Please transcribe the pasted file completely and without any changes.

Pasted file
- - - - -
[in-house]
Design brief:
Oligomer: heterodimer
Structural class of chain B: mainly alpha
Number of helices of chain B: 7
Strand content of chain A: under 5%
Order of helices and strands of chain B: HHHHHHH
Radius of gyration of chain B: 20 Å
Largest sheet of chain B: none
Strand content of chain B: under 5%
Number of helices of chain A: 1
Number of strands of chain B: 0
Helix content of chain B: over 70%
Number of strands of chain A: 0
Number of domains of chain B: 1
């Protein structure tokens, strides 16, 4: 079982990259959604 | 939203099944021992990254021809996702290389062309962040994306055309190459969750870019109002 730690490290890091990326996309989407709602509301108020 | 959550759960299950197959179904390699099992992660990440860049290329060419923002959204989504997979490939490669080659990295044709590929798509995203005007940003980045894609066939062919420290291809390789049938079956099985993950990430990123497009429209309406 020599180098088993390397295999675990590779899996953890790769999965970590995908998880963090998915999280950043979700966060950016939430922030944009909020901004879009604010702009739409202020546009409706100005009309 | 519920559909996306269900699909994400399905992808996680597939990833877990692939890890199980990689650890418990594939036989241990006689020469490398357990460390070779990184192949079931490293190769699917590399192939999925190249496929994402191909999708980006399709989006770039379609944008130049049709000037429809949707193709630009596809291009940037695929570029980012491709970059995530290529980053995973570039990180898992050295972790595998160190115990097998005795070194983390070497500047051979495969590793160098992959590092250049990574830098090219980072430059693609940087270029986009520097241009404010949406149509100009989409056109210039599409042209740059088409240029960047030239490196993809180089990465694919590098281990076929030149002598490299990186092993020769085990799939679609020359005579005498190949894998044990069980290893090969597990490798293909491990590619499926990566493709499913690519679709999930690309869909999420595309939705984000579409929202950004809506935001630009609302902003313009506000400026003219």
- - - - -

[in-house]
Design brief:
Oligomer: heterodimer
Structural class of chain B: mainly alpha
Number of helices of chain B: 7
Strand content of chain A: under 5%
Order of helices and strands of chain B: HHHHHHH
Radius of gyration of chain B: 20 Å
Largest sheet of chain B: none
Strand content of chain B: under 5%
Number of helices of chain A: 1
Number of strands of chain B: 0
Helix content of chain B: over 70%
Number of strands of chain A: 0
Number of domains of chain B: 1
């Protein structure tokens, strides 16, 4: 079982990259959604 | 939203099944021992990254021809996702290389062309962040994306055309190459969750870019109002 730690490290890091990326996309989407709602509301108020 | 959550759960299950197959179904390699099992992660990440860049290329060419923002959204989504997979490939490669080659990295044709590929798509995203005007940003980045894609066939062919420290291809390789049938079956099985993950990430990123497009429209309406 020599180098088993390397295999675990590779899996953890790769999965970590995908998880963090998915999280950043979700966060950016939430922030944009909020901004879009604010702009739409202020546009409706100005009309 | 519920559909996306269900699909994400399905992808996680597939990833877990692939890890199980990689650890418990594939036989241990006689020469490398357990460390070779990184192949079931490293190769699917590399192939999925190249496929994402191909999708980006399709989006770039379609944008130049049709000037429809949707193709630009596809291009940037695929570029980012491709970059995530290529980053995973570039990180898992050295972790595998160190115990097998005795070194983390070497500047051979495969590793160098992959590092250049990574830098090219980072430059693609940087270029986009520097241009404010949406149509100009989409056109210039599409042209740059088409240029960047030239490196993809180089990465694919590098281990076929030149002598490299990186092993020769085990799939679609020359005579005498190949894998044990069980290893090969597990490798293909491990590619499926990566493709499913690519679709999930690309869909999420595309939705984000579409929202950004809506935001630009609302902003313009506000400026003219």